Marc Cuniberti: The changing business landscape
Things will never be the same after COVID-19.
So many things have transpired economically in the last two months, it’s a full time job and then some covering it all.
The Federal Reserve for the first time ever is backstopping the corporate bond market by buying 750 billion dollars of Exchange Traded Bond Funds (ETF), both investment grade and what is called “junk” bonds (bonds paying a higher interest rate due to the lower financial rating of the borrowing company).
Stimulus checks totaling thousands were given to all eligible U.S. adults or are in the process of going out, and a new round of checks is being hotly debated in Washington.
Other stimulus programs like the Paycheck Protection Program (PPP), the CARES act enhanced unemployment benefits, postponement of student loan payments and their interest accrual, extended sick leave benefits, relaxed restrictions on access to retirement plans and more are funneling or will be funneling more trillions into the economy and the American pocketbook.
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With more programs being discussed as we speak, the amount of money being “created” or borrowed to pay for it all has reached epic proportions and will only go higher and likely much higher.
This analyst has made a host of predictions as to expected unemployment (50 million), small business failures within 12 months (25% of all small businesses), corporate bankruptcies (a continuing wave for 12 months or more with some very large ones) and the government annual deficit this year to reach six trillion and a total deficit of 30 trillion by 2022.
The damage already done to world economies is massive and still ongoing. It’s difficult to say what the world will look like in a year or two, but it’s safe to say things are going to be a whole lot different from here on because of the coronavirus.
Not only has the business landscape been drastically altered, it will likely be a different operating environment for many businesses as we emerge out of our isolation.
It goes without saying extreme hardships have been experienced, but lessons are being learned on how employees can work at home rather than at central locations.
Internet giant Twitter told employees that many of them can continue to work at home after the coronavirus event is over. No doubt many other businesses will follow suit.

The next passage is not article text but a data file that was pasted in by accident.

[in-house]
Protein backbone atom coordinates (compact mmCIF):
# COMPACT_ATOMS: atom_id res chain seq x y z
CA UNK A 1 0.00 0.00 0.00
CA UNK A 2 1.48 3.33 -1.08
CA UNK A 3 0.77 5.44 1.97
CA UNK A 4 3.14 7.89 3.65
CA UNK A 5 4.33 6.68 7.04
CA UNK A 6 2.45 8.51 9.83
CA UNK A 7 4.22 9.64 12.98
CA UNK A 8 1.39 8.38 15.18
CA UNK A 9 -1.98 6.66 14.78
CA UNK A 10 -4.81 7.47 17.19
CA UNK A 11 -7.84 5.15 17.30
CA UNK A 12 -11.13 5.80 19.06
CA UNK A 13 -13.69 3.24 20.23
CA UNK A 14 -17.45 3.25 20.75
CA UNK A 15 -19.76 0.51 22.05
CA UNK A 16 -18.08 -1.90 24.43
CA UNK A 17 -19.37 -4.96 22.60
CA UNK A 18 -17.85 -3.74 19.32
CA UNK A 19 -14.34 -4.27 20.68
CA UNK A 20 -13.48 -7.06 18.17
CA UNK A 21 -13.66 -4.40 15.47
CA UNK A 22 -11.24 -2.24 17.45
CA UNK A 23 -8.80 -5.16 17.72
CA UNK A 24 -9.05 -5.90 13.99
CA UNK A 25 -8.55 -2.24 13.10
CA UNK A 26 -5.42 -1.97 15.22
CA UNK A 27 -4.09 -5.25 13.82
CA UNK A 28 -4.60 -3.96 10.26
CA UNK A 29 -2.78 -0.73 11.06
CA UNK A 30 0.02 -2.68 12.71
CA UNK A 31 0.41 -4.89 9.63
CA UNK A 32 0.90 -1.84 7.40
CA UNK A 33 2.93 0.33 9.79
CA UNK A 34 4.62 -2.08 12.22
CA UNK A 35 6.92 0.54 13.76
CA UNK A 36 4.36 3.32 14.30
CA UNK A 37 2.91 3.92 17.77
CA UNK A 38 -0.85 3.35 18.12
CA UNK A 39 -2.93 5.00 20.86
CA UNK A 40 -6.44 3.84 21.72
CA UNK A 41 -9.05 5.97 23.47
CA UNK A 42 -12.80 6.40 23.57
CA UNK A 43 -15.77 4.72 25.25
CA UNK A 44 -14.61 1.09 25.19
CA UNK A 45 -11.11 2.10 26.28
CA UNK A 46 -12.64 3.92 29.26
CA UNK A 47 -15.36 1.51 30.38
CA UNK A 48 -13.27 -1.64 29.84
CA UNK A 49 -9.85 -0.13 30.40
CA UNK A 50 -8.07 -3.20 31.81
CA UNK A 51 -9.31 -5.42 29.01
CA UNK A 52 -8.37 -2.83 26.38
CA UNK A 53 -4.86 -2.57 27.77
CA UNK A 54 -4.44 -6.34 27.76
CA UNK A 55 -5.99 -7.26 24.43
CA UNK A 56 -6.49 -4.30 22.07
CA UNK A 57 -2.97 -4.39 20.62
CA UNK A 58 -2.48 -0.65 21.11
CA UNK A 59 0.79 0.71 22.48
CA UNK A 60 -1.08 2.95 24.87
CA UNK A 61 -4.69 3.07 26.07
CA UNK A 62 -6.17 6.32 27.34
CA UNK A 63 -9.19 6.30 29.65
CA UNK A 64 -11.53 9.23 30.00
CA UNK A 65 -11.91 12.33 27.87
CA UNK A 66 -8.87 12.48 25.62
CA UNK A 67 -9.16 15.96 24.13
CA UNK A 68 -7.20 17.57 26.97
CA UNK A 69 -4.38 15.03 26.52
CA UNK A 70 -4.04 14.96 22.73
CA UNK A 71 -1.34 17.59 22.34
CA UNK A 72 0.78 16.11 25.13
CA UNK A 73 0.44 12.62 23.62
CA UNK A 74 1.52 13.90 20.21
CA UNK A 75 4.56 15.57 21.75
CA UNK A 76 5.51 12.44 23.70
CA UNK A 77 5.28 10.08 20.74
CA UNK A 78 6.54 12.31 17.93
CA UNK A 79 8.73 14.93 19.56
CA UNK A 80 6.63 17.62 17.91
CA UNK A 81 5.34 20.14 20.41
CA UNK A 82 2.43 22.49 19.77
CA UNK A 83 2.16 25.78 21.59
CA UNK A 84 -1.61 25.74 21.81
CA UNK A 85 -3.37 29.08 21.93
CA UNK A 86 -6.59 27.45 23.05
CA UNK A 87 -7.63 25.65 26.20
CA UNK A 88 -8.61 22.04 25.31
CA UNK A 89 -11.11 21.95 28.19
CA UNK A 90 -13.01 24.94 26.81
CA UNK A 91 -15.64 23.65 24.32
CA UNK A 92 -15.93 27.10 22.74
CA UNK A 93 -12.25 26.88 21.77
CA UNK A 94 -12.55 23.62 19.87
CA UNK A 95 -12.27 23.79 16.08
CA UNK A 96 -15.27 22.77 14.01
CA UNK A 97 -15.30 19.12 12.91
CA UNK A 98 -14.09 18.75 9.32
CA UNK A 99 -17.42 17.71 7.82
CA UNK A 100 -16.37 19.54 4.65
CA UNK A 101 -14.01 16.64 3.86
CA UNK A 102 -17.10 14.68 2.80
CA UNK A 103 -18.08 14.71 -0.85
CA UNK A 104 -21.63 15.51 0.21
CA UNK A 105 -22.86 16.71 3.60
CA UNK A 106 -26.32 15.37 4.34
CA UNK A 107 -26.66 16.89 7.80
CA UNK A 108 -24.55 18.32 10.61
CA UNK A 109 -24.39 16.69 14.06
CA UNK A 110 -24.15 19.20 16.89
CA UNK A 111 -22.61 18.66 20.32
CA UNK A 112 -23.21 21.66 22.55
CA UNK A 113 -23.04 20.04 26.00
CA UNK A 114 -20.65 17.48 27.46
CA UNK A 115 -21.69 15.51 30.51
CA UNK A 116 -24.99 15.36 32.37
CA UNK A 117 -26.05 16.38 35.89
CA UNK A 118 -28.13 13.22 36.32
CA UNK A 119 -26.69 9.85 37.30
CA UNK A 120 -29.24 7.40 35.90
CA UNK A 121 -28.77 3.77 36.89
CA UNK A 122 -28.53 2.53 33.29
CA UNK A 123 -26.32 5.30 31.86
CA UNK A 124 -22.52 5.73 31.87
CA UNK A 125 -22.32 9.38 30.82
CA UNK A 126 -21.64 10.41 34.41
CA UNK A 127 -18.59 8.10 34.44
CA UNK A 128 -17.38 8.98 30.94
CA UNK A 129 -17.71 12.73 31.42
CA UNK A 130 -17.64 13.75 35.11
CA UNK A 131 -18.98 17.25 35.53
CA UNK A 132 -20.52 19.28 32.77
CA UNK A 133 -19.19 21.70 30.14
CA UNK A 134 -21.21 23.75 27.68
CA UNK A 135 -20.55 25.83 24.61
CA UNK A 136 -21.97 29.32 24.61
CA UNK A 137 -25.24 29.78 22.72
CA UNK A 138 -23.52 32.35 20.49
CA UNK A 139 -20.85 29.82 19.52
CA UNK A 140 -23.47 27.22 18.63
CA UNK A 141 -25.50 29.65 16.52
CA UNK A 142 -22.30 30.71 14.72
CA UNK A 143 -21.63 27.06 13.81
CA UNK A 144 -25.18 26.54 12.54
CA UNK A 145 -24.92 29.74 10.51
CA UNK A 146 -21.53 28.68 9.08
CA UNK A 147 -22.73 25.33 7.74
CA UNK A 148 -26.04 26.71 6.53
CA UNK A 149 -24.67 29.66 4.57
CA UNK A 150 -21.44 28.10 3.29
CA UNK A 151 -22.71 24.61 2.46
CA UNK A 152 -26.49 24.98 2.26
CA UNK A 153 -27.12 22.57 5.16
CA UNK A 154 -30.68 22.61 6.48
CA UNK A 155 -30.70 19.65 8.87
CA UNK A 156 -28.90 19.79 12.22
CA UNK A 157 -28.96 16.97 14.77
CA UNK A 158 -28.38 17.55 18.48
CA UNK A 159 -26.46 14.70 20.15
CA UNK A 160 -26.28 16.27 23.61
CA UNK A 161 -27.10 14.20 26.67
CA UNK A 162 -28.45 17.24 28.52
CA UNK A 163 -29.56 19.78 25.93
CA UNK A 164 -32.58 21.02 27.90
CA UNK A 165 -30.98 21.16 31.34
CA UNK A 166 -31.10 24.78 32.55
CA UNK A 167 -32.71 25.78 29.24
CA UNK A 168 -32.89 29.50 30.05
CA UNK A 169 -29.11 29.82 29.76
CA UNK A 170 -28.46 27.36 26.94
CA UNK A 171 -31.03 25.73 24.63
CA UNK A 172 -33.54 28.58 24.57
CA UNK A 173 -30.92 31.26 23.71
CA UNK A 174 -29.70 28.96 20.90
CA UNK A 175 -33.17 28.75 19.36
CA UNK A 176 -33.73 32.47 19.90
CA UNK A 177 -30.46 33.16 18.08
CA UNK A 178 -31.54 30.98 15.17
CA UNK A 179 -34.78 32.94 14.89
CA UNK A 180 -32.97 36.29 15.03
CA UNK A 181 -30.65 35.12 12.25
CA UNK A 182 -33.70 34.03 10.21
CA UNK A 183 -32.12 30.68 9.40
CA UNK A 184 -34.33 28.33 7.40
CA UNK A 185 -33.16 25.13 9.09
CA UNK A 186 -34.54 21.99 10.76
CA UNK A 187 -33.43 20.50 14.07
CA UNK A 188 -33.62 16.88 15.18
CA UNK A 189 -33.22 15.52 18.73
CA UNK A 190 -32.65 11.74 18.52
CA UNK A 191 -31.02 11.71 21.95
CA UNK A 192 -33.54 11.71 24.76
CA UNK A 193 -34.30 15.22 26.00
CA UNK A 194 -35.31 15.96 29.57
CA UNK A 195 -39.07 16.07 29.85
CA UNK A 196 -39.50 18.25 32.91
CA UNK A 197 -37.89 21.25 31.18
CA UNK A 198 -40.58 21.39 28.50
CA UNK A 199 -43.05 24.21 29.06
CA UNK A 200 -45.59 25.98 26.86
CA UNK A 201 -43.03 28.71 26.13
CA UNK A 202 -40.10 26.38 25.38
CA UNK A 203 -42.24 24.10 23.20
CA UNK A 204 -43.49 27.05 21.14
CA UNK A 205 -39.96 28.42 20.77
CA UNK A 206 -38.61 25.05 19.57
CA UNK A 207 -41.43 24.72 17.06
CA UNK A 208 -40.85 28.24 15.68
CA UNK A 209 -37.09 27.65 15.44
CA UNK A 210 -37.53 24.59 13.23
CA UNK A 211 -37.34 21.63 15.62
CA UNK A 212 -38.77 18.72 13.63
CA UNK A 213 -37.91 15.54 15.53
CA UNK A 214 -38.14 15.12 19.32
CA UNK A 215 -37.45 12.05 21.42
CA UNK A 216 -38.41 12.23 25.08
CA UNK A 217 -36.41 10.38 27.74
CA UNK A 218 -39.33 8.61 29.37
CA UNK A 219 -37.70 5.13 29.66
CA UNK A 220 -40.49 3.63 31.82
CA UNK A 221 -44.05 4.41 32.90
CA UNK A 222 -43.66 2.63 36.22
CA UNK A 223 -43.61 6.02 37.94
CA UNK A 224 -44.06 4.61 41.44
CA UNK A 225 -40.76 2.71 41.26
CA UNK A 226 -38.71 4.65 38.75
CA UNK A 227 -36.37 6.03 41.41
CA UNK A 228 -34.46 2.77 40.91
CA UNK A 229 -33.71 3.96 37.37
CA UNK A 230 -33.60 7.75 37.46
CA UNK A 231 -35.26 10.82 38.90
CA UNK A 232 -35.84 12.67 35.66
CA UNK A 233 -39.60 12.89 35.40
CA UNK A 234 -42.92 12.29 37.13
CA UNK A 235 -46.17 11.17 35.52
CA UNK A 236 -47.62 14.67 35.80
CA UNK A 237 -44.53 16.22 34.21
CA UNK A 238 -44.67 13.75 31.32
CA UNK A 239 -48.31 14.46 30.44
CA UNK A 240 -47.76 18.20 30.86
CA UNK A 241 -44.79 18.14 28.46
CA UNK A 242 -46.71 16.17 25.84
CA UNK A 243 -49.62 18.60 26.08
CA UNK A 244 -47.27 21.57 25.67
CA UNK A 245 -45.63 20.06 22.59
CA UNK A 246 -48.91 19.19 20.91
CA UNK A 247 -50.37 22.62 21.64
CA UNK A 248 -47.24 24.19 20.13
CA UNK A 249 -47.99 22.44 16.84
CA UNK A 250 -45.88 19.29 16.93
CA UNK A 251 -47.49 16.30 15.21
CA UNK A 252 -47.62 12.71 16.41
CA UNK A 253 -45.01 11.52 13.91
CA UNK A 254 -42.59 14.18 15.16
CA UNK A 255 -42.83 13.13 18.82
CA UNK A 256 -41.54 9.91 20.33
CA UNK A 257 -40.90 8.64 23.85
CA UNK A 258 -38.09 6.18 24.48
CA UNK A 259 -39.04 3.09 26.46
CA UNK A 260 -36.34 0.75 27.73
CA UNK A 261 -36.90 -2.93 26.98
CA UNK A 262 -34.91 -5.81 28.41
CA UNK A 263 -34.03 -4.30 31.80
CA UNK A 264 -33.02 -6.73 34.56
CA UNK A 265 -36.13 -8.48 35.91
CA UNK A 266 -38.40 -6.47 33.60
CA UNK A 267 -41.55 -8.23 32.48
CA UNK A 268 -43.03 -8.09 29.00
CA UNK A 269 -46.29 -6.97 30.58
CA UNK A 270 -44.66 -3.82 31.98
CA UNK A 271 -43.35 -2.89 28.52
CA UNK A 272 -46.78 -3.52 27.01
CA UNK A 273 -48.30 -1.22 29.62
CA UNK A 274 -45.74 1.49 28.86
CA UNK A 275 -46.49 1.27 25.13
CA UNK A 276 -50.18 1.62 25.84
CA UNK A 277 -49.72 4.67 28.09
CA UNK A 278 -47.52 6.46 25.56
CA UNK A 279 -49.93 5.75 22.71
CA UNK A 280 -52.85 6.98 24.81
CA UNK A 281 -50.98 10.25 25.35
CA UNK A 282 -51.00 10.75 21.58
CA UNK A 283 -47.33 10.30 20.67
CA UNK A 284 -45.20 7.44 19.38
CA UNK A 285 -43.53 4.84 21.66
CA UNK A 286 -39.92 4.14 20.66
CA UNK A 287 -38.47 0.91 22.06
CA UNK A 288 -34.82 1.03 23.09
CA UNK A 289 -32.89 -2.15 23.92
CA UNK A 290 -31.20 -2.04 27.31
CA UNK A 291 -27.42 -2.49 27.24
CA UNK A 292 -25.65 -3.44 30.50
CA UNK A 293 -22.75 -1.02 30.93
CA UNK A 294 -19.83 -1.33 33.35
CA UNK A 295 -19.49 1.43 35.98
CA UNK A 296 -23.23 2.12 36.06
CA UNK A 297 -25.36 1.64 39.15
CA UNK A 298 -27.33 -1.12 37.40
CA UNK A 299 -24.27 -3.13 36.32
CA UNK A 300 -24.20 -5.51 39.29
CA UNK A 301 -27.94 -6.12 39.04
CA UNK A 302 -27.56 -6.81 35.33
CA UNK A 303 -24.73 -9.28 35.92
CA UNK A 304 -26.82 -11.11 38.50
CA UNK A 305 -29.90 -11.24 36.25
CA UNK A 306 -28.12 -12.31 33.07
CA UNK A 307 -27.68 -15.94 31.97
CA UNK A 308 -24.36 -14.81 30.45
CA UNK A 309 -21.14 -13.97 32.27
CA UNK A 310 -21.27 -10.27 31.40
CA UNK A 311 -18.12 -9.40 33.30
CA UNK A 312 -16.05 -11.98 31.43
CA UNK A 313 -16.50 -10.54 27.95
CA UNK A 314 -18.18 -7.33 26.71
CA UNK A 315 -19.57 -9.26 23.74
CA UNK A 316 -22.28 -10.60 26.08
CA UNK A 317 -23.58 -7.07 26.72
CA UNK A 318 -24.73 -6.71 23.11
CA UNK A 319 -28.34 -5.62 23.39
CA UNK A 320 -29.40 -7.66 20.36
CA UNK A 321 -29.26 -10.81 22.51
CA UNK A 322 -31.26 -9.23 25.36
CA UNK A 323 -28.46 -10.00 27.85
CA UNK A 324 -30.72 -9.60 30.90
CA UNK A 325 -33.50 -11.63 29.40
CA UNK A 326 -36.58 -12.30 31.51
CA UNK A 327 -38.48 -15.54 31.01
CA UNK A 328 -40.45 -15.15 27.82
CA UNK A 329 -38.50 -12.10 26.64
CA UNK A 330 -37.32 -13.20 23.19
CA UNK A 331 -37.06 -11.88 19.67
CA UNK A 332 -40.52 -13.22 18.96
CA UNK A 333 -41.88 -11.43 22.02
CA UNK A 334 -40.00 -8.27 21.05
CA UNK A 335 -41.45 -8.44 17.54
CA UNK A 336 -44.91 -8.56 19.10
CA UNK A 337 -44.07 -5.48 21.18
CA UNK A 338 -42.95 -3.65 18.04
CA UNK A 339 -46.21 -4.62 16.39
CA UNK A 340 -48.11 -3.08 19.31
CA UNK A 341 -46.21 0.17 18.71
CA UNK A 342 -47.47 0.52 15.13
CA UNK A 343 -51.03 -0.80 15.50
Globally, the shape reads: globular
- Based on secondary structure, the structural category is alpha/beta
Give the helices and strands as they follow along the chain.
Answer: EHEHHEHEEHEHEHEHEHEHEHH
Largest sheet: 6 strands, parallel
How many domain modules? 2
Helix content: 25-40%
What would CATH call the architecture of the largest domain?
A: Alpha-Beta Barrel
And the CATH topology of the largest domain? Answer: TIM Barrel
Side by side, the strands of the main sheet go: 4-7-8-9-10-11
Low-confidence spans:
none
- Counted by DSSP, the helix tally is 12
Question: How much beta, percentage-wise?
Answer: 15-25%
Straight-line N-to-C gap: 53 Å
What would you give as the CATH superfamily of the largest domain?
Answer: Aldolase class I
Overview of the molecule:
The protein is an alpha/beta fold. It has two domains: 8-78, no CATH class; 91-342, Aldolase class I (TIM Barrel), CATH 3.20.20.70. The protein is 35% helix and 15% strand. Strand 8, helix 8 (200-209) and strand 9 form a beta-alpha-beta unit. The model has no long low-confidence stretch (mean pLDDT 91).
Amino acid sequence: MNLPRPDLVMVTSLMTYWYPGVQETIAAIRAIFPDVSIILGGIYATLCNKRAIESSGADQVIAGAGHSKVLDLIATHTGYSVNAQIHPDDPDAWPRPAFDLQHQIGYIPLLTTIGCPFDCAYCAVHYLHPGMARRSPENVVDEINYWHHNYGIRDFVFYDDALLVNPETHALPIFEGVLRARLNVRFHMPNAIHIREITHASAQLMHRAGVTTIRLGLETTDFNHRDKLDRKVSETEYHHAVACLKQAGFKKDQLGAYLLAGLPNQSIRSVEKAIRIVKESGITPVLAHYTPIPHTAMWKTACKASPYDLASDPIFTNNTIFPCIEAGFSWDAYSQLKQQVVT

That fact, coupled with the permanent exodus of many small businesses due to bankruptcy following the shutdown will mean bad things may be in store for the commercial real estate sector. Businesses that remain in commercial spaces may eagerly rush to renegotiate leases in response to falling demand and a rising glut of available alternatives. Add to that the widespread default on rent payments in general due to COVID-19 and the outlook could indeed spell big trouble for landlords far and wide.
The creative destruction side of capitalism will no doubt have a field day as bankrupt businesses will be replaced by new upstarts with better ideas, more streamlined business plans and stronger balance sheets. Those specializing in the new “stay at home” economy and telecommuting will likely benefit, with many explosive growth stories bound to be written.
Although some positives arise from almost every situation, the obvious negatives at least for now obfuscate whatever good might arise when we come out of the other end this pandemic.
With all the incentive programs to buffer consumer wallets, some are concerned the massive stimulus checks and payment programs will remove the incentive for some to return to work.
Indeed, in speaking with many business owners over the last few weeks, with unemployment bonuses making $2,404 a month the minimum check ($600 weekly bonuses on top of wage compensations), there is some concern that some will not return to jobs that pay less than that and even lean into not returning at all as long as those bonus amounts are attached.
Although slated to discontinue in July, the latest stimulus program in the house calls for the extension of the $600 weekly bonus to be extended through January 31, 2021.
In fact the proposal that extends the bonus has a plethora of additional benefits too lengthy to list them all here.
With all the benefit programs enacted and more being proposed there are some that argue skyrocketing deficits will cause severe financial woes to government balance sheets. Others believe inflation will be a growing concern as the money supply expands from the trillions in giveaways. Still others fear an ever-growing dependency on the government in general and hence more control over the lives of Americans will result.
What comes to my mind is the quote from the famous economist Milton Freidman: “Nothing is more permanent than a temporary government program.”
Yes, things have indeed changed.
Marc Cuniberti is an investment advisor representative through Cambridge Investor Advisors Inc. a registered investment advisor. Marc can be contacted at SMC Wealth Management, 164 Maple St, Suite 1, Auburn, 530-559-1214. SMC and Cambridge are not affiliated. His website: moneymanagementradio.com.
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